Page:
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SIR JOHN FROISSART Chronicles of England, France, Spain and the adjoining countries from the latter part of the reign of Edward II to the coronation of Henry IV. Vol.12

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Chronicles of Enguerrand De Monstrelet (Sir John Froissart's Chronicles continuation) in 13 volumes 

 
 
 
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SIR JOHN FROISSART
Chronicles of England, France, Spain and the adjoining countries from the latter part of the reign of Edward II to the coronation of Henry IV. Vol.12
page 99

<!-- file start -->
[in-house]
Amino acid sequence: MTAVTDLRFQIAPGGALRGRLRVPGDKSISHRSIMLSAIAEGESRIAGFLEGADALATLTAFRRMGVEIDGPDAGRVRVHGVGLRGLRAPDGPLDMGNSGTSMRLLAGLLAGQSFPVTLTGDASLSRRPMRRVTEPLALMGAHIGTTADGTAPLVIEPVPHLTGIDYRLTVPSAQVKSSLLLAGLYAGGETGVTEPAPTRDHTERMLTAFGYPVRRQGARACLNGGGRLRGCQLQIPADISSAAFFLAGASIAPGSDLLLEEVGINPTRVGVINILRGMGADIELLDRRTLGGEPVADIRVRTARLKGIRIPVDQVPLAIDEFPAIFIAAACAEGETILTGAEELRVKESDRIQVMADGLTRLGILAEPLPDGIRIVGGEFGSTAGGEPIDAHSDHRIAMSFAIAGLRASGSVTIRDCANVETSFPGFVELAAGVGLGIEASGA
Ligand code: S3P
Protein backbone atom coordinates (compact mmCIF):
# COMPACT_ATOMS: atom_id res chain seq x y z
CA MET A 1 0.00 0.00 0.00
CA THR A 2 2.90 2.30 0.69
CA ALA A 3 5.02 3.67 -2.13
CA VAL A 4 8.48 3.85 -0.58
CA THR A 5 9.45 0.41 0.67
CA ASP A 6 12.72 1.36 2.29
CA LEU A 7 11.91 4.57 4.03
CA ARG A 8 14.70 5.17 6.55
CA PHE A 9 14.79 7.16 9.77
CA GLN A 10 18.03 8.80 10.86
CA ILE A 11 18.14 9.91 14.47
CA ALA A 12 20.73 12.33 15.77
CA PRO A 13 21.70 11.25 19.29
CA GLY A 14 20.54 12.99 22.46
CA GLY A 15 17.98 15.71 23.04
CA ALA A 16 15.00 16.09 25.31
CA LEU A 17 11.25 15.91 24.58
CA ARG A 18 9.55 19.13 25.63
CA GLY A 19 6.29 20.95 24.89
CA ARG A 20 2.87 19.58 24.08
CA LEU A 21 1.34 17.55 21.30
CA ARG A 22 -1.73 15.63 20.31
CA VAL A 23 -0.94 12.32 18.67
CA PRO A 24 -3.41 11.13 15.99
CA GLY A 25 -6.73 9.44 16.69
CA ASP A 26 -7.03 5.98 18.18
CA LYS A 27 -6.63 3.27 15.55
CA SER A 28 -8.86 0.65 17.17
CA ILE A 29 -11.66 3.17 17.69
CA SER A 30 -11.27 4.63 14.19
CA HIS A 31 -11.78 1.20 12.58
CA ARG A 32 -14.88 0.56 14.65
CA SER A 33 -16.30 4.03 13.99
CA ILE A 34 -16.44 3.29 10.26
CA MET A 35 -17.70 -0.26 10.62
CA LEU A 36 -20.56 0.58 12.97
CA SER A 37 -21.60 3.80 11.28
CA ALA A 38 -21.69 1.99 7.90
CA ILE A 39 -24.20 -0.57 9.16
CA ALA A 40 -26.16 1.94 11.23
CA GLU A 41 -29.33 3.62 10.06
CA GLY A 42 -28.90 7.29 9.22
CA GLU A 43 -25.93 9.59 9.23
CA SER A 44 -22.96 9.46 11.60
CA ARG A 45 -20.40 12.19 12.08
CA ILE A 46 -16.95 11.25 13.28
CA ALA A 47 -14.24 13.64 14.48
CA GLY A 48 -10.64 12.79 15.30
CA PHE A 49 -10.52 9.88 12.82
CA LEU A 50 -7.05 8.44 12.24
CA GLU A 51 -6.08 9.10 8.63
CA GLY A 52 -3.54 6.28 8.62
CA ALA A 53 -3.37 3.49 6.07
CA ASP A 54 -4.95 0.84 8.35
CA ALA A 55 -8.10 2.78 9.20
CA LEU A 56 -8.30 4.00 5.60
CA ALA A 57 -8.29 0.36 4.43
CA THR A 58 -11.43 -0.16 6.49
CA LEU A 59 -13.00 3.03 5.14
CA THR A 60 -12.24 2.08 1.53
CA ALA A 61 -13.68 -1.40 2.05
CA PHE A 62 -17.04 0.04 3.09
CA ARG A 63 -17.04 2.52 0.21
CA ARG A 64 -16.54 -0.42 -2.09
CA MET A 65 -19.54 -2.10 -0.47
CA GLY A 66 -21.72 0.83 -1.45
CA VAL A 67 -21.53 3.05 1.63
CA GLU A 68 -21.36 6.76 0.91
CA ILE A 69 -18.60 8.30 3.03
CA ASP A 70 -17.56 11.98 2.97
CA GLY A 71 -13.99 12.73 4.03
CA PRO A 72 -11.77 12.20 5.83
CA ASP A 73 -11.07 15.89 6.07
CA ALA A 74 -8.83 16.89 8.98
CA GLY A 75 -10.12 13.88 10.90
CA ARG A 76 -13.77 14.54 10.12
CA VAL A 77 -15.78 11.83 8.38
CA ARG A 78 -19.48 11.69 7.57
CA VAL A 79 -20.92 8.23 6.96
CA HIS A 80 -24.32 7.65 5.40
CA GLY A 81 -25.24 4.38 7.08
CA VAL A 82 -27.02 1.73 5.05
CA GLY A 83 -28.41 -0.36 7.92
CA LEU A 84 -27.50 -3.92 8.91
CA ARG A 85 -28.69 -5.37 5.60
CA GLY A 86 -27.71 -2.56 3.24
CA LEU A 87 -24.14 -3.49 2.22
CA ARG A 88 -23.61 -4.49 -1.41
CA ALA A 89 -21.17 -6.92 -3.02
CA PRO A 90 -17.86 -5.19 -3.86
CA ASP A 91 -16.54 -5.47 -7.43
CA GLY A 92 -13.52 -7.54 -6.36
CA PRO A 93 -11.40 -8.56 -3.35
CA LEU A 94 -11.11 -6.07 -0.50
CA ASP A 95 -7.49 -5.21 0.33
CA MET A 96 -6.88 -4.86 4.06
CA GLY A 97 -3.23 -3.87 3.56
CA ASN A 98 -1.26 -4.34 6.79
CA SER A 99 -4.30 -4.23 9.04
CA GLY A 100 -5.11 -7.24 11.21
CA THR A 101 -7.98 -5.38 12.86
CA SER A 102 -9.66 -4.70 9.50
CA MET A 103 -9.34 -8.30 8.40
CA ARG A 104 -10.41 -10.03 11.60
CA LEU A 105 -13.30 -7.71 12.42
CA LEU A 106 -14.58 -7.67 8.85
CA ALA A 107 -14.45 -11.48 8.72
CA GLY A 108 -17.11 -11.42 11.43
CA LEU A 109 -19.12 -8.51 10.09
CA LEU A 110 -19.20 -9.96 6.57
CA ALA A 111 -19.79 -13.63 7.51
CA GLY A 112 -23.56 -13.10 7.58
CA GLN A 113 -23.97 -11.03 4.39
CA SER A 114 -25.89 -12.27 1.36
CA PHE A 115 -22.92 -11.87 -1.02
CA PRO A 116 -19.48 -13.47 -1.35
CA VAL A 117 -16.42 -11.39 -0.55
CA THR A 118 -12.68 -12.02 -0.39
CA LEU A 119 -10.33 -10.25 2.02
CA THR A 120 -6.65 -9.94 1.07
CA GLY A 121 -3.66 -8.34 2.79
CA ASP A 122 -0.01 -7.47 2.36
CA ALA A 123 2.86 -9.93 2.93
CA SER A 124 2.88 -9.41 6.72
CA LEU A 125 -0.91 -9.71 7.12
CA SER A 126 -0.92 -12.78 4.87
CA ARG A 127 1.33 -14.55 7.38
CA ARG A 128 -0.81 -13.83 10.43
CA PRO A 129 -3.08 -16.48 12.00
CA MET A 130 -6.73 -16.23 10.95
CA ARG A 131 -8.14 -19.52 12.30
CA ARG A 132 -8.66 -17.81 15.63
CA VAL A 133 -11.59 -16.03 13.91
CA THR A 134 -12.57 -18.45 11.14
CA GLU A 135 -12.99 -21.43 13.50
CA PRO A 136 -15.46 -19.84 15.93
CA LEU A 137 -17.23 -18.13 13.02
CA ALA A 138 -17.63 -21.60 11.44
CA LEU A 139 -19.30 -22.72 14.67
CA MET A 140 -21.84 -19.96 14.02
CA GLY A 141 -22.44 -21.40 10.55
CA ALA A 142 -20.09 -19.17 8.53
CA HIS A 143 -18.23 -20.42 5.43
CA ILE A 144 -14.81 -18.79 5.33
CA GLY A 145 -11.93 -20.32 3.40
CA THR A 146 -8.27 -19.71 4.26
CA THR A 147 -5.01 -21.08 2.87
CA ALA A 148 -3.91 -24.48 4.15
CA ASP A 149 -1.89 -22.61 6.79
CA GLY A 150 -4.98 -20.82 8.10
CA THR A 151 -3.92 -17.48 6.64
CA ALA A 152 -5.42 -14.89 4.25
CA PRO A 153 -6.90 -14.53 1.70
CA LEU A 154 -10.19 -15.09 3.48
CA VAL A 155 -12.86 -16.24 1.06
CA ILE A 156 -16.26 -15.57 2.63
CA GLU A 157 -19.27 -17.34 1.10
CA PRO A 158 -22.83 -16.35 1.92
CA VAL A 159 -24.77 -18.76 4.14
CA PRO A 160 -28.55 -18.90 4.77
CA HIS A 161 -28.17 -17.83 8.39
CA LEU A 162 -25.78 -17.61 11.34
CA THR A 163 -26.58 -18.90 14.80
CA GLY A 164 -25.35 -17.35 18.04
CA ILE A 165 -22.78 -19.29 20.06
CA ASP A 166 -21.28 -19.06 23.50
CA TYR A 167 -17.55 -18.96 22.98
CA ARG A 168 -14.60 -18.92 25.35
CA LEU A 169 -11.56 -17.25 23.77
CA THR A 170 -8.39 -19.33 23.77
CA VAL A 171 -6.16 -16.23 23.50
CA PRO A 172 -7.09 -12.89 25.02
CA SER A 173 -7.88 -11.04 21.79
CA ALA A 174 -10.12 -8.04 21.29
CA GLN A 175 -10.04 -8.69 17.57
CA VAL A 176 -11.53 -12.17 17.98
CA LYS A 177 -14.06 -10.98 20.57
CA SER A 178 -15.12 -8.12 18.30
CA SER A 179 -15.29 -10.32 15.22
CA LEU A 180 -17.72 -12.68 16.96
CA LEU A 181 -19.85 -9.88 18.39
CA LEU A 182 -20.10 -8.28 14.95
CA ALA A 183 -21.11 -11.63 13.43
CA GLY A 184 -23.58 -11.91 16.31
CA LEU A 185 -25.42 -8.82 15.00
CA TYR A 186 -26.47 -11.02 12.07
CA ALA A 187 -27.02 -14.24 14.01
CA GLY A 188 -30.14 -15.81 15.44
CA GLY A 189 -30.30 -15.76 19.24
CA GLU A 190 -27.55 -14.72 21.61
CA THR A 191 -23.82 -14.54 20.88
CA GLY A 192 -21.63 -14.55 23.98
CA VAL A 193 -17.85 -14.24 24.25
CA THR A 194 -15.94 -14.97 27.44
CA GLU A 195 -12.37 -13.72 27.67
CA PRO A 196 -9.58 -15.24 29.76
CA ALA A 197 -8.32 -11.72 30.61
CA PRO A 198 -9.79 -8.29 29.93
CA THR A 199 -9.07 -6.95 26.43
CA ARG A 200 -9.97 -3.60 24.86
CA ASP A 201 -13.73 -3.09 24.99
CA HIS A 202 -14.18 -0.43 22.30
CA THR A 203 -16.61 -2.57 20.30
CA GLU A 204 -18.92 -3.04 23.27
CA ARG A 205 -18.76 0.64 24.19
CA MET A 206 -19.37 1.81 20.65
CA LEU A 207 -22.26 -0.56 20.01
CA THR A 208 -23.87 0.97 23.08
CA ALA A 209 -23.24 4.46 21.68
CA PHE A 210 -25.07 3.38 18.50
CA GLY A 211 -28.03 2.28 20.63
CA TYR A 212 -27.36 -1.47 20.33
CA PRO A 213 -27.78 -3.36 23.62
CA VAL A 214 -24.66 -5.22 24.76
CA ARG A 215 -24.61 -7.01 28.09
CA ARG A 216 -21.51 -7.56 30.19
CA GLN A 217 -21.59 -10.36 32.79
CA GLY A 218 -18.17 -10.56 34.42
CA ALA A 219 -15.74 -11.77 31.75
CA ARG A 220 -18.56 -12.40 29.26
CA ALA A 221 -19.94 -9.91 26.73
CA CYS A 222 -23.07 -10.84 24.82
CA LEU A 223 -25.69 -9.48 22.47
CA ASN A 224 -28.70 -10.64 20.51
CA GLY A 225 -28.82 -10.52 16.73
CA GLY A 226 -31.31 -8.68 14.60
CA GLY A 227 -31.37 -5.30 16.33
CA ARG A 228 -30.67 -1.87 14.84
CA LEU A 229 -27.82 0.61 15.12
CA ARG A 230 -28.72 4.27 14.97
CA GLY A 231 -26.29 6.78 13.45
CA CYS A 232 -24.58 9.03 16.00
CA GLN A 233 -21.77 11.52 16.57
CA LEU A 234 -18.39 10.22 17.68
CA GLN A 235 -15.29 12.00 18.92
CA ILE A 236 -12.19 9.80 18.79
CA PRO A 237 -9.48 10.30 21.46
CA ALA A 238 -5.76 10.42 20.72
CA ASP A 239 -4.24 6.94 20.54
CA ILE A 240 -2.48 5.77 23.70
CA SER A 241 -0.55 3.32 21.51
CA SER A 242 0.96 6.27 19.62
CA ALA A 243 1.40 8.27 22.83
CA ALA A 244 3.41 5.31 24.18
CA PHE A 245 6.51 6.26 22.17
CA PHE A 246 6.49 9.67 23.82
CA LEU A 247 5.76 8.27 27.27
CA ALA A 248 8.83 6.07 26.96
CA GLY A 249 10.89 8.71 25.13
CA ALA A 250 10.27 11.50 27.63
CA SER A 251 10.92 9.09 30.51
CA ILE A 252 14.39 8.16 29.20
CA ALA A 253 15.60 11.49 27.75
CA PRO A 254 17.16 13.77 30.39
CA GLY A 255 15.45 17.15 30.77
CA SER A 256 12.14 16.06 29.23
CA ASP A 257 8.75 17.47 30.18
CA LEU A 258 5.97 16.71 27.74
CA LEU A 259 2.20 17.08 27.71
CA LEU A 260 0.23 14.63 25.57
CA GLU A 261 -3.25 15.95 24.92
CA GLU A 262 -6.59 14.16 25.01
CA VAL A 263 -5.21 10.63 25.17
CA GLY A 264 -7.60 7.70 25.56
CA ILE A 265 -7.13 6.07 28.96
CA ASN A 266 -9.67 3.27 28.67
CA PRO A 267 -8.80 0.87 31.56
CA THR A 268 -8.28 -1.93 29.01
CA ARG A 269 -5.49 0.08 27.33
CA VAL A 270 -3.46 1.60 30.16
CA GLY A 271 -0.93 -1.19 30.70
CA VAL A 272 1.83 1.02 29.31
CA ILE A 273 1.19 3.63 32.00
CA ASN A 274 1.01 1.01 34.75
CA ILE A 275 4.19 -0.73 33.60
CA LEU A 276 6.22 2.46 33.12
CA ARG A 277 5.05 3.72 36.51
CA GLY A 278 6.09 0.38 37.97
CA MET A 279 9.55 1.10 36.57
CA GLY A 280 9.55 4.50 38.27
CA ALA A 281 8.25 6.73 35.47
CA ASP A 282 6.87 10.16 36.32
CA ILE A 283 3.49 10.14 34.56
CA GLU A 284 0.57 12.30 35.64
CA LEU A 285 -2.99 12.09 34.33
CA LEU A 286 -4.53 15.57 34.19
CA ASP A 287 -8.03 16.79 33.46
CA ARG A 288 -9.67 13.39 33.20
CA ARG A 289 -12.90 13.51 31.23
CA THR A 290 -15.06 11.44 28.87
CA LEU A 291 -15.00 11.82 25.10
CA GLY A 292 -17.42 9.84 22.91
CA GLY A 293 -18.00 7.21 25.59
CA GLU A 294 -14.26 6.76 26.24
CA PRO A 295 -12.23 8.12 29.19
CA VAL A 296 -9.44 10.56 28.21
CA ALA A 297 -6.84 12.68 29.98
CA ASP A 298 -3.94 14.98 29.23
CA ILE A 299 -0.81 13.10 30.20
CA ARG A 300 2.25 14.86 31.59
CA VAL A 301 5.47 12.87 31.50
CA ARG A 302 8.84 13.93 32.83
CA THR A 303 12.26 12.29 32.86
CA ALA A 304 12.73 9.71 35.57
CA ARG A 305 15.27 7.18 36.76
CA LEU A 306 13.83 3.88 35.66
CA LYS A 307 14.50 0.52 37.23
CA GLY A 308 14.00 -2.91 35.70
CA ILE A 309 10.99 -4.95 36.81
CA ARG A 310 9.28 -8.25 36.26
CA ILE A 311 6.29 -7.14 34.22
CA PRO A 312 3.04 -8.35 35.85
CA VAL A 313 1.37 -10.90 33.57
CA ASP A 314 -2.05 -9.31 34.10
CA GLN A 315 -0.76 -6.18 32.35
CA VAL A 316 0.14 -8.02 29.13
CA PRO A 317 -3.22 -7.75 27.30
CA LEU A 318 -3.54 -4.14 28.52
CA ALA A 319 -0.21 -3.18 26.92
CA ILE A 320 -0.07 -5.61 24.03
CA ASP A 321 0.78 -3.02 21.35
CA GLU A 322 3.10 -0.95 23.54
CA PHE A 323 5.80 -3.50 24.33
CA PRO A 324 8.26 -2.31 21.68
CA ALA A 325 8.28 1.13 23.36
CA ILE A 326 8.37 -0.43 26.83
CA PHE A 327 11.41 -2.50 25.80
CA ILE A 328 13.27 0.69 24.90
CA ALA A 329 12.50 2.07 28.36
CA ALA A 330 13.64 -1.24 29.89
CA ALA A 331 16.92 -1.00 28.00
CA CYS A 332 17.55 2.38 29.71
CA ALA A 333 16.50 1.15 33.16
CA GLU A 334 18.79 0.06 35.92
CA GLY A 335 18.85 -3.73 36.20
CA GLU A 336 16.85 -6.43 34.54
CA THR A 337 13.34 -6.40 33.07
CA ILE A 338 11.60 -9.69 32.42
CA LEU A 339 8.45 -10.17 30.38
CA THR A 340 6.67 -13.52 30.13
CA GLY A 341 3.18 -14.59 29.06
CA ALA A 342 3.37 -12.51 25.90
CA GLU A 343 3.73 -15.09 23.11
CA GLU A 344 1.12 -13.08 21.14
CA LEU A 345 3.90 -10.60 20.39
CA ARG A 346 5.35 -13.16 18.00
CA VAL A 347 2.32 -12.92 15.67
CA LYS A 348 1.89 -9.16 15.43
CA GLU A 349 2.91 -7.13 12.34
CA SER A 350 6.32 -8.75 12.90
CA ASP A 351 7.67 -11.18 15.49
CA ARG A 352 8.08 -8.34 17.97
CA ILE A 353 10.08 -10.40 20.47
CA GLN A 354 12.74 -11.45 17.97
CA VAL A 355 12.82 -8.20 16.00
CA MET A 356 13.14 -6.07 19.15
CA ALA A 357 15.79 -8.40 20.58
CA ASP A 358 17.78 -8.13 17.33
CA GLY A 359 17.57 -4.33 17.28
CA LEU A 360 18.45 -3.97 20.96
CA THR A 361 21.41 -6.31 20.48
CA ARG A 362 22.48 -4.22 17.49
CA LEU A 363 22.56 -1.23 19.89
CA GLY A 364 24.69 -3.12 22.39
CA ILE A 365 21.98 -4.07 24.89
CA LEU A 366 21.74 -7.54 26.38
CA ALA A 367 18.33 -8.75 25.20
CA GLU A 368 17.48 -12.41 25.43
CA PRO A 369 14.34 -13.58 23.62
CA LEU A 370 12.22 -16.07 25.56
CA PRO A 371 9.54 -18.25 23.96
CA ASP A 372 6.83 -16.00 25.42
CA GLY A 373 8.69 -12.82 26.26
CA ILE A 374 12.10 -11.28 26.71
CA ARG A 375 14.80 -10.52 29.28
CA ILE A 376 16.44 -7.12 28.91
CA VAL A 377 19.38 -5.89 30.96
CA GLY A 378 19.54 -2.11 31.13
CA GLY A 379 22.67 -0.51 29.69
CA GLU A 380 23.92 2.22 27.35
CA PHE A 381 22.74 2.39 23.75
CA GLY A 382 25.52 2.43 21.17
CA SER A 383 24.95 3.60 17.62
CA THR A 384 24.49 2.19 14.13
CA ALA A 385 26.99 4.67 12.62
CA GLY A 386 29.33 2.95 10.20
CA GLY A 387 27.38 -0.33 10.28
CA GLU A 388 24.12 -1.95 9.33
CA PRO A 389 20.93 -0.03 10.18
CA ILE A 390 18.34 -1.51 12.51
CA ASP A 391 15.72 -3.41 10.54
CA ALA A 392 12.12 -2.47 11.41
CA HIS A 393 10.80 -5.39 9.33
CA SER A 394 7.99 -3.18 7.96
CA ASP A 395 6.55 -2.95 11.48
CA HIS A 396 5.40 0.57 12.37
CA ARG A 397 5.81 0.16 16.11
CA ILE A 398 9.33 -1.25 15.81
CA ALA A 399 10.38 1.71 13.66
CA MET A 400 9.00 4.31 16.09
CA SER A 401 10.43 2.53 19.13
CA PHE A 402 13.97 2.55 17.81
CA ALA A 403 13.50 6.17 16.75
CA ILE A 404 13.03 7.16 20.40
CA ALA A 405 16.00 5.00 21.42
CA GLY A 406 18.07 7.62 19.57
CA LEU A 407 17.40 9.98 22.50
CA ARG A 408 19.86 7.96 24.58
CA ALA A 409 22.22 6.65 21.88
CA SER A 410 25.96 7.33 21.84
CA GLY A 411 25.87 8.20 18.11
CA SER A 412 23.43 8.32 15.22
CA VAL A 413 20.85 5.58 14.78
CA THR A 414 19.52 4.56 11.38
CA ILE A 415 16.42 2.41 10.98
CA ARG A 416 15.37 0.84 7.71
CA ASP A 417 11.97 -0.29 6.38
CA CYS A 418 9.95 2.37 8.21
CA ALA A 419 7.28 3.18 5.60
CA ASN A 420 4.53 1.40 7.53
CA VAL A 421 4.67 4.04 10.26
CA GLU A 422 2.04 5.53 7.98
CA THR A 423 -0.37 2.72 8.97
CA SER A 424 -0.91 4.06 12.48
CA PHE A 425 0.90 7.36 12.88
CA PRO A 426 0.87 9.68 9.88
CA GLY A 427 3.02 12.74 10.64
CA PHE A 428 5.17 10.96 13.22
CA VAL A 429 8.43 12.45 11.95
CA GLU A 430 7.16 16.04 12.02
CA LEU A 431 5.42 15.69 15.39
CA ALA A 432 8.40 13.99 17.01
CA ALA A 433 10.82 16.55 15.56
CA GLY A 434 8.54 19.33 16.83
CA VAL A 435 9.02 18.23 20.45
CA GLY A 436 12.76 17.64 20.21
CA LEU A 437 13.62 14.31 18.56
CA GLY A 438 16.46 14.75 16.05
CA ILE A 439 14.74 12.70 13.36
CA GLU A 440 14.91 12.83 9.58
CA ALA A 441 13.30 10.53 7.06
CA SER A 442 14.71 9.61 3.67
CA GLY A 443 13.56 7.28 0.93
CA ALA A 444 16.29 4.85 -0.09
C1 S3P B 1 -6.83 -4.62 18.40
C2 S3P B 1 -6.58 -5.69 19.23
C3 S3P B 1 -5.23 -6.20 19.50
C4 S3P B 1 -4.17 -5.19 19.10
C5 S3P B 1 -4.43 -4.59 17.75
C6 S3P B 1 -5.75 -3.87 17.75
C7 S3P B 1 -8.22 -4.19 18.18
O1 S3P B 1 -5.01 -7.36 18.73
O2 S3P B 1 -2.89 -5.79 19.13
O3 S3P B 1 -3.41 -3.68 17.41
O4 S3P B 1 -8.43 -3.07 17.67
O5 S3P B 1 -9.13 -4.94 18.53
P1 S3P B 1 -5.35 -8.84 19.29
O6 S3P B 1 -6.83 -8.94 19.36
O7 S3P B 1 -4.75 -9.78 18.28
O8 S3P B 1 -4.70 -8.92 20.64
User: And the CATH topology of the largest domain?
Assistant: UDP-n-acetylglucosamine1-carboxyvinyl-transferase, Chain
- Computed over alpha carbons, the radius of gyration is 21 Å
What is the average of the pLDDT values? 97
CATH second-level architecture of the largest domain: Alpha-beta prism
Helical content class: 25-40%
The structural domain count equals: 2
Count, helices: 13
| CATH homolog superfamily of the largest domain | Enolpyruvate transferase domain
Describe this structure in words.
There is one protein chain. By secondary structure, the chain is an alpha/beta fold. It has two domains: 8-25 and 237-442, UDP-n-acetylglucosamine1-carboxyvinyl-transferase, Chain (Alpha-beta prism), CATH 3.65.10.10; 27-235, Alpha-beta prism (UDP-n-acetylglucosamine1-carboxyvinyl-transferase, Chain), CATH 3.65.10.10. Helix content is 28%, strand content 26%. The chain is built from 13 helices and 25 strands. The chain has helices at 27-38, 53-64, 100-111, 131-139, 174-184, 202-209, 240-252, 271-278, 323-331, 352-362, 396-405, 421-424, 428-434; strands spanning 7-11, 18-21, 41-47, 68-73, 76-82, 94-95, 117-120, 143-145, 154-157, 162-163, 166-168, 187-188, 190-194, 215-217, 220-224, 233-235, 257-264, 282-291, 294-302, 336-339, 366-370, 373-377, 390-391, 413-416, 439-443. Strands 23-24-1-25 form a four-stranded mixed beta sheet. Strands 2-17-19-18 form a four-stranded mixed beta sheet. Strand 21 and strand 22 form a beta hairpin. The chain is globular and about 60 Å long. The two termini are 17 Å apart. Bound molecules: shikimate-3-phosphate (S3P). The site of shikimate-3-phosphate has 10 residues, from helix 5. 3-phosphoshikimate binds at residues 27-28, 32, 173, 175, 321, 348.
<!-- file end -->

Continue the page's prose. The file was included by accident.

the night, and carried over to Calais, where he was ftrangled. This caufed a great noife in alt parts of England, and propofals were made for dethroning the kings but the duke of lancafter, with his ufual prudence and wifdom, although the duke of Glocefter was his brother, and he wa* forely affiled by his death* confldering he çotfd not reffioee him to life and the çonfequenecs that ipgh| enfue, again appealed thefc difcontent$ 4 mA fcjs nephew, king Richard, was more feared than cvçr. The king ought to have remembered all theft eircumftances, and likewife that the earl of Derby was the moft popular man in England with every deftription of men, and fhould therefore inftantly^ on the death of his father, have reeled him* But the king had no fuch inclination : on the con-trary, he immediately lent his officers to take po& feflion of his lands and feize their rents, declaring that, during his banifhment, neither the earl nor his family fhould receive any of his revenues ii\ England. He alfo, to the great vexation of fuch, as were attached to the carl or his children, dif-pofed of feveral eftates in the duchy of Laucaftc* to fome of his knights, and to whoever afked for them. The Englifh barons greatly blamed him for this, and faid,—c It is clear the king of Eng-land bears no good will to his coufin, the earl of Derby, when he rcfufes to recal him, and fuffer him to take pofleffion of his inheritance* ' He would, with his children, be a grand fupport W the crown, and a ftafF to lean on, but he a£ks quite contrary, by thus keeping him out of tho kingdom* m


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